BROOKE: I feel like we got to know each other so much better through that process too. It happened naturally as we were getting closer as friends, and just creating and getting closer as musicians, and creating stuff out of what we were building together. 

CDM: What’s one thing that is on each of your bucket-lists?
DREW: Oh man, oh shit!
BROOKE: So many things!
LYDIA: I know it's not a cool thing because I feel like so many artists are just like, "I don't even care," but I want to win a Grammy. That's on my bucket-list. 
DREW: I love that.
BROOKE: Basic obvious answer, but I want to skydive.
DREW: I've got it! Have you guys seen those little one-person submarines. They're called 'The Dolphin' or something. 
LYDIA: No!
DREW: Okay, get this bro. It's sci-fi, a little seat in it, the whole thing is glass, and it goes something insane like 45 or 50 miles per hour and you can jump out of the water like a dolphin.
LYDIA: What? Is this a real thing? 
DREW: If you look it up, it's a real thing. It's called a Seabreacher. One of my roommate's brothers, Liam, just told me. I want to ride a Seabreacher somewhere, there is a bunch of cool stuff to look at <shows image of Seabreacher>.
LYDIA: Oh my god it looks like a shark.
DREW: It looks so cool, right? You can see videos of people jumping up out of the water.
LYDIA: Wow! 
BROOKE: Can we do this?
DREW: How incredible would that be! I just love the idea of being able to explore the ocean and you're up on the top like a boat and you'd get to some cool place with a reef.
LYDIA: It only costs like $80,000-100,000. <sarcastically>
DREW: Oh, that's nothing; in that case, my bucket-list is to buy one!

CDM: If you could steal one thing without consequence what would it be?
DREW: A Seabreacher. Like five of them actually. 
LYDIA: This is again a really lame answer, but a massive bag of money would be cool.
DREW: That seems like cheating, it has to be a thing! 
LYDIA: Okay, fine! I mean, again, this shows where my brain is at, but the Mona Lisa.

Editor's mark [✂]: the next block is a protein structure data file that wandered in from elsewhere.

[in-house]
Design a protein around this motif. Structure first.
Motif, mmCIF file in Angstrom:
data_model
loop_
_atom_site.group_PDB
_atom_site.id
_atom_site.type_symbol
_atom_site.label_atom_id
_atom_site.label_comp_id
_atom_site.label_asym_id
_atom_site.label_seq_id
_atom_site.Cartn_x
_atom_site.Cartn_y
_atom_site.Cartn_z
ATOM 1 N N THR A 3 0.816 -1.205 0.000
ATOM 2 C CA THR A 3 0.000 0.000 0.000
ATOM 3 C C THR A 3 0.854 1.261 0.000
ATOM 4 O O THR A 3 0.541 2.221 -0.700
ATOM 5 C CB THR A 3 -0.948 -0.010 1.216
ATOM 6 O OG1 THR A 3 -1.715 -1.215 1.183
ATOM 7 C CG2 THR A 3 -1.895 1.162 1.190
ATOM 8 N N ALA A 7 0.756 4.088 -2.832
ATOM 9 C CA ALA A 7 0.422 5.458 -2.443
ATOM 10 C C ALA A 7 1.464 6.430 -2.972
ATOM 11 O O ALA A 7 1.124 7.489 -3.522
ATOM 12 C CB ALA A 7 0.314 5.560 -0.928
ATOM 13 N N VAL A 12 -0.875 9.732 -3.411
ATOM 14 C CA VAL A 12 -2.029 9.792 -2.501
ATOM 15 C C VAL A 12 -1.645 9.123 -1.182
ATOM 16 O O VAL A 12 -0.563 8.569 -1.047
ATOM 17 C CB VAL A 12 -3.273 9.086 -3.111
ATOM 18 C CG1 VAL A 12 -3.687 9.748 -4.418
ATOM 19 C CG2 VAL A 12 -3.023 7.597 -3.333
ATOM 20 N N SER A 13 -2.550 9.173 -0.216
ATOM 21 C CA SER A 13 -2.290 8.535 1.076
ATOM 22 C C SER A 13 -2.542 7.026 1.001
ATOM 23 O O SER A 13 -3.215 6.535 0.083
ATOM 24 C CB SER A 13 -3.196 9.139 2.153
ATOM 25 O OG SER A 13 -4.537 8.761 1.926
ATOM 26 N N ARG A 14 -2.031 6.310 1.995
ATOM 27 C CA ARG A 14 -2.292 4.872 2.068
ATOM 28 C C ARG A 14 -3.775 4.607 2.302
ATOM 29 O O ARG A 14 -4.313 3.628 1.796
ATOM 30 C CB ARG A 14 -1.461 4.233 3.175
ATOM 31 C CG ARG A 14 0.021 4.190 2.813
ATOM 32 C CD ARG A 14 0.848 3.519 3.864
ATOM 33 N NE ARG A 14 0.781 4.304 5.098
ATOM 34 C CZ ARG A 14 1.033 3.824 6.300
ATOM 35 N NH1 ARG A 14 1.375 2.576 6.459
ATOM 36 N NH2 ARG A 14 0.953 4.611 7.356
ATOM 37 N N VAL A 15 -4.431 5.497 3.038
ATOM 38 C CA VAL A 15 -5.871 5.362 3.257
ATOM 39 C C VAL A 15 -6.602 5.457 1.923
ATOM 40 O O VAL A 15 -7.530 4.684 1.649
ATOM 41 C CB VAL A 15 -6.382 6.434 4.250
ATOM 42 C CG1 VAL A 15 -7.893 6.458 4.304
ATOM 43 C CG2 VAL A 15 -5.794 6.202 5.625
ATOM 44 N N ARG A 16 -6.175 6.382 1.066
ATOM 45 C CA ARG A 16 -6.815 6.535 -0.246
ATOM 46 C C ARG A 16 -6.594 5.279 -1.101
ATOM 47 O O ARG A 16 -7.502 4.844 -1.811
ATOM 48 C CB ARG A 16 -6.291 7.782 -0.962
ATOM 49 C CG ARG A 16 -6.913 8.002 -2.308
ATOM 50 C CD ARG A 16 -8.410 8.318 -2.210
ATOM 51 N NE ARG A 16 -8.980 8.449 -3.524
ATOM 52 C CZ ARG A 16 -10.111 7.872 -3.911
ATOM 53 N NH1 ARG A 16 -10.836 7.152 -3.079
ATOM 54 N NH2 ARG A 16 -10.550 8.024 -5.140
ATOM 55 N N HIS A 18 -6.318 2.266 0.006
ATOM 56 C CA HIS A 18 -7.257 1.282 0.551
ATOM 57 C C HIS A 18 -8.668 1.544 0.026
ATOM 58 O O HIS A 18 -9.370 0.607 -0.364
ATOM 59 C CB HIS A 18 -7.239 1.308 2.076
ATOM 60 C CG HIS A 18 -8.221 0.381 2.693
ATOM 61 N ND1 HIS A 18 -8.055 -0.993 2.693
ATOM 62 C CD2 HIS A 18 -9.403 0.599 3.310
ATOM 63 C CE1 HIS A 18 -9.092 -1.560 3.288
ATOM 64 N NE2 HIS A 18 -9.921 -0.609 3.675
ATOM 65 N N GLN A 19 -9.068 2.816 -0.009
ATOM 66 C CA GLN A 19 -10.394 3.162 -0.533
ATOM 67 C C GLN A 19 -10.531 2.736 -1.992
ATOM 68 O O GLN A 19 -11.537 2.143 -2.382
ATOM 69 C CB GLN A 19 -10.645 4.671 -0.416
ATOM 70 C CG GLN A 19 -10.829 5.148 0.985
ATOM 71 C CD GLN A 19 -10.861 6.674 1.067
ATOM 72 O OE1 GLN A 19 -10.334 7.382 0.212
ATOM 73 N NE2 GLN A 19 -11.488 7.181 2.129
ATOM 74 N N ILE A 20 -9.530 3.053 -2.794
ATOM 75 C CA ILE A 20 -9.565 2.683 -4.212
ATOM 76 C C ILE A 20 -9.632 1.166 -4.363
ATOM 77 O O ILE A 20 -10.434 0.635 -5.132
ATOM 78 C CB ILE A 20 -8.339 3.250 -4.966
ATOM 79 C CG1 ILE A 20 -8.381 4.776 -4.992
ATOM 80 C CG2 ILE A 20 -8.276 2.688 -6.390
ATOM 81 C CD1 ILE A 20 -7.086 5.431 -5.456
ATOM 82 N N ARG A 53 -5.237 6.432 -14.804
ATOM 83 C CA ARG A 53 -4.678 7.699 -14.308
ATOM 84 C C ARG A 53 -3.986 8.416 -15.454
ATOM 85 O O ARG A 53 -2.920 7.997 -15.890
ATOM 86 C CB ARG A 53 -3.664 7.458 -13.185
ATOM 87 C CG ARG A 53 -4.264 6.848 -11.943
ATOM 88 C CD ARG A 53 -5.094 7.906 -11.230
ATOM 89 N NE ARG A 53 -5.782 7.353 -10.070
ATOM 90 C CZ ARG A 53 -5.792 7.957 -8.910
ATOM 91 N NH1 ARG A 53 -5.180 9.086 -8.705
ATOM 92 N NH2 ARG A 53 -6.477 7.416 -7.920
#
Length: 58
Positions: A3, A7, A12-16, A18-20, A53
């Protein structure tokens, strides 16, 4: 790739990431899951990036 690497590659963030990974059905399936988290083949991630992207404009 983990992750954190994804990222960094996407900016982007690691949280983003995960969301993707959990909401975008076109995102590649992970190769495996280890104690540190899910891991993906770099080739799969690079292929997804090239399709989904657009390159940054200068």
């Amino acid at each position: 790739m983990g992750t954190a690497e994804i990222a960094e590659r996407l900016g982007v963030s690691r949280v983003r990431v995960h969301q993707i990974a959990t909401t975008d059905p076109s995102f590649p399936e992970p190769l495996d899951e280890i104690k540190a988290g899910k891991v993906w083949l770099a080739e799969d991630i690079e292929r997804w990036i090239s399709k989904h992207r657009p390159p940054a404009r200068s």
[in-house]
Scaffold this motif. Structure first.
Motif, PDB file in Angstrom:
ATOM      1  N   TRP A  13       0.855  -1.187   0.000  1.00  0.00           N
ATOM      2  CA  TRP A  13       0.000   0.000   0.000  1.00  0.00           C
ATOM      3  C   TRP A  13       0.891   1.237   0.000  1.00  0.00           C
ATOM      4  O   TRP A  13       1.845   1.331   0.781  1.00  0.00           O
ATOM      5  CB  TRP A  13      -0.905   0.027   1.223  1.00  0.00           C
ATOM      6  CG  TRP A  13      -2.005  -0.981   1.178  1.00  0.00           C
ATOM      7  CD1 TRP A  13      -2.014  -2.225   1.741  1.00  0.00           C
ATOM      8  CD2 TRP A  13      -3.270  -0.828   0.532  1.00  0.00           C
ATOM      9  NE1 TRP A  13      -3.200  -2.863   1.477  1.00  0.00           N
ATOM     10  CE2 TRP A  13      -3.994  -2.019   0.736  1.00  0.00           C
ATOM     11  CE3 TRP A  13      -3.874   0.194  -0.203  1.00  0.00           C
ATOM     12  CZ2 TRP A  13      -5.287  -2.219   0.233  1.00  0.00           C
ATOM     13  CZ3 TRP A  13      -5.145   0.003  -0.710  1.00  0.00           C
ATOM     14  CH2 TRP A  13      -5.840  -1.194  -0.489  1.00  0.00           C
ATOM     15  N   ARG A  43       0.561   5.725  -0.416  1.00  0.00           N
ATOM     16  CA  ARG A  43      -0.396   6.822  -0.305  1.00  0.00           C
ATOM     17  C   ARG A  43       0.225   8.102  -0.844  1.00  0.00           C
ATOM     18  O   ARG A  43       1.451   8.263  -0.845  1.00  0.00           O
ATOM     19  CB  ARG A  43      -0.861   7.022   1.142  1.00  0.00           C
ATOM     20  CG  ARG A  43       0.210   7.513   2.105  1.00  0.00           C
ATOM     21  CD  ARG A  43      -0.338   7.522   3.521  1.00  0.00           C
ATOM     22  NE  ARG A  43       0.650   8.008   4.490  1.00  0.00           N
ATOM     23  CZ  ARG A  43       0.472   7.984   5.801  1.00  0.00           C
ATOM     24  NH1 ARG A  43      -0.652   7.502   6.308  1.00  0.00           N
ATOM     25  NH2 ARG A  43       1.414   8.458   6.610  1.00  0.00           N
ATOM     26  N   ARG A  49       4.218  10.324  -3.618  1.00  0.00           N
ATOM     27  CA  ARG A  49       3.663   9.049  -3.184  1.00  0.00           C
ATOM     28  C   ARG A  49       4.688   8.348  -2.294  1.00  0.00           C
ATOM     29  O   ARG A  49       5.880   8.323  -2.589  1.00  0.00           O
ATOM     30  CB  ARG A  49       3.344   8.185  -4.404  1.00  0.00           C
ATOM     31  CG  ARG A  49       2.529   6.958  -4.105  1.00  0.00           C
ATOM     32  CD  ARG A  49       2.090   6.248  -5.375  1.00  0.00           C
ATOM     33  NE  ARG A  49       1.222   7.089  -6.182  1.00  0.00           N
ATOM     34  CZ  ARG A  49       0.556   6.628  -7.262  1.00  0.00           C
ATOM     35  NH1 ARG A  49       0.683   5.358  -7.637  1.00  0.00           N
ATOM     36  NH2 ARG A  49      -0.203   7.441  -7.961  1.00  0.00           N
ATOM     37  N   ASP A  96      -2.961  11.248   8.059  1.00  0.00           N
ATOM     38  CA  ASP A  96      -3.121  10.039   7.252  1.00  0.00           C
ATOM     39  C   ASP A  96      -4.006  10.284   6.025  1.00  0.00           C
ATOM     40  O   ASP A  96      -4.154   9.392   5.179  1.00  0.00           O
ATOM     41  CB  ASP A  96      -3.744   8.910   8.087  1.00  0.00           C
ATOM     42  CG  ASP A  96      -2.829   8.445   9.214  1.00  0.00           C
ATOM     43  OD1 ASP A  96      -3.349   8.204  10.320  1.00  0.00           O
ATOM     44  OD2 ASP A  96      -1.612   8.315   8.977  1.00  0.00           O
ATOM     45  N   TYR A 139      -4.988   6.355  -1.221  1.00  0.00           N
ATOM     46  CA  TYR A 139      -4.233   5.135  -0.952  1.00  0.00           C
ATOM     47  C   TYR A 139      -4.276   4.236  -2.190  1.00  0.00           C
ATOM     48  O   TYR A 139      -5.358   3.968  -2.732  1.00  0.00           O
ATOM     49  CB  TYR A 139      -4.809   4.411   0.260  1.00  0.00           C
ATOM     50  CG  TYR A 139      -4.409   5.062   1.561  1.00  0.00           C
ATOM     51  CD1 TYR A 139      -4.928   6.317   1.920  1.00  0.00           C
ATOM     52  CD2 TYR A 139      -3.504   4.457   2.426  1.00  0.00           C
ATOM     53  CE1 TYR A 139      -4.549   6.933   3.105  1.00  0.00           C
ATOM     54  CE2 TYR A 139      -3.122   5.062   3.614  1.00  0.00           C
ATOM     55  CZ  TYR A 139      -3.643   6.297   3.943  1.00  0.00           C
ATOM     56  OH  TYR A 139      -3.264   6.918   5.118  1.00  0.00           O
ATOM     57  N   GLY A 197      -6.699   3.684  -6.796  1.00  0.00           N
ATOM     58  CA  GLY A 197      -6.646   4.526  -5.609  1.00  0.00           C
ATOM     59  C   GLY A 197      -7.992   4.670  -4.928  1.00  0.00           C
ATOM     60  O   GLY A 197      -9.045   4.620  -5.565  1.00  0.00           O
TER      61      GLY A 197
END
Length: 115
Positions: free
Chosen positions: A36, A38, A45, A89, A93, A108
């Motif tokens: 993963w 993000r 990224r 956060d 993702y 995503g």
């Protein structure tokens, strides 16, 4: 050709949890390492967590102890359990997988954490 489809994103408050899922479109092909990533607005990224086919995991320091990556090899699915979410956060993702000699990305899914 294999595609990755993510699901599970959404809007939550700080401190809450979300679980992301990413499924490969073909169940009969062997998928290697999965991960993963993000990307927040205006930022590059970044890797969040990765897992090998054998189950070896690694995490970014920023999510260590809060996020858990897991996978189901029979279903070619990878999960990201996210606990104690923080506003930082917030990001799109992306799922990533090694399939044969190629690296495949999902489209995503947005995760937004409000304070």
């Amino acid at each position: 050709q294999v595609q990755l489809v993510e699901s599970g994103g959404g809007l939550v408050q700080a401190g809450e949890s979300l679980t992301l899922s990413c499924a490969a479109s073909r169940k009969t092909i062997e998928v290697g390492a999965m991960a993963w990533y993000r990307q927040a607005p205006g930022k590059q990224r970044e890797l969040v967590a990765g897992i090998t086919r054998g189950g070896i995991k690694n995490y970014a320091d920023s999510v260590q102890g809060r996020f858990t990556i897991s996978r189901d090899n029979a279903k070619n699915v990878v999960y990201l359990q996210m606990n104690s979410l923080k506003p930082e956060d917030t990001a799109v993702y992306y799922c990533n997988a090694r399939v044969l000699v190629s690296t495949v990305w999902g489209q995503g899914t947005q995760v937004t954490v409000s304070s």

DREW: How are you gonna fence the Mona Lisa? That's the most famous painting in the world, who is going to buy that?
LYDIA: It's stealing without consequence, there's no consequence ever! 
DREW: If it's stealing without consequence, then you just have a painting. 
BROOKE: Can you imagine that on your mantle or something, the fucking Mona Lisa!
LYDIA: Okay, one of Elvis' guitars!
DREW: Yeah, that's sick! That's cool. 
BROOKE: I want to steal an Arctic Tiger.
LYDIA: Where are you going to put that?
DREW: Are you stealing it from someone who already has an Arctic tiger? Or from it's mother? What's the vibe? 
BROOKE: No! Because they're endangered so they're mostly in sanctuaries. There's a few wild ones, but I don't know if I'd steal a wild one, or from a sanctuary, but this is assuming I have a suitable living environment at home to give it a nice life. 
LYDIA: Or I would steal 100 Persian kittens.
DREW: Again, from whom? From whom are you stealing? 
BROOKE: Wow, you're gonna be like an old lady with just all your Persian kittens.
DREW: Y'all are stealing responsibilities and I'm stealing fantastic times in Cancun in a fucking Seabreacher.
LYDIA: Fine, a yacht or a vintage Porsche!
BROOKE: I'm going to have a fantastic time with my tiger.
DREW: You've got to feed it, you have got to do so much! A yacht, now we're talking, we're all out on the ocean.

CDM: You’re one of our 'must-know’ artist picks for 2022… who are yours?
LYDIA: I've gotta be that girlfriend and say Wallows 100%.
DREW: Mmhmm, yeah, one of my favourite bands.
BROOKE: I mean yeah, agreed.
DREW: Dijon
LYDIA: Turnstile, The Marías... I'm trying to think of others but those are my favourites right now. 
BROOKE: I just got into this band, Baths, who is really cool. Think they're on the rise.
DREW: Brooke, what's that band you and Genessa were talking about when we went to Olive Garden?
BROOKE: Wet Leg
DREW: I just love that name, I've never heard them but love their name. 

CDM: What's next for you and what can you tell us about your upcoming album?
DREW: Oohhh, it's really good.
LYDIA: It's really good. 
BROOKE: No skips!
LYDIA: All killer, no filler. It's just awesome, and it's gonna be something a lot of people connect to more than ever, in our music. It's the most fun we've ever had making an album and I think you can hear that, but also the darkest themes we've ever explored in an album, and then a lot of touring. Doing what we do; finally!
DREW: Our faces in your city!
BROOKE: Excited to see everyone. It's been too long.

Watch The Regrettes' video for 'You're So Fucking Pretty' below...

Check out more 2022 Must-Know artists here.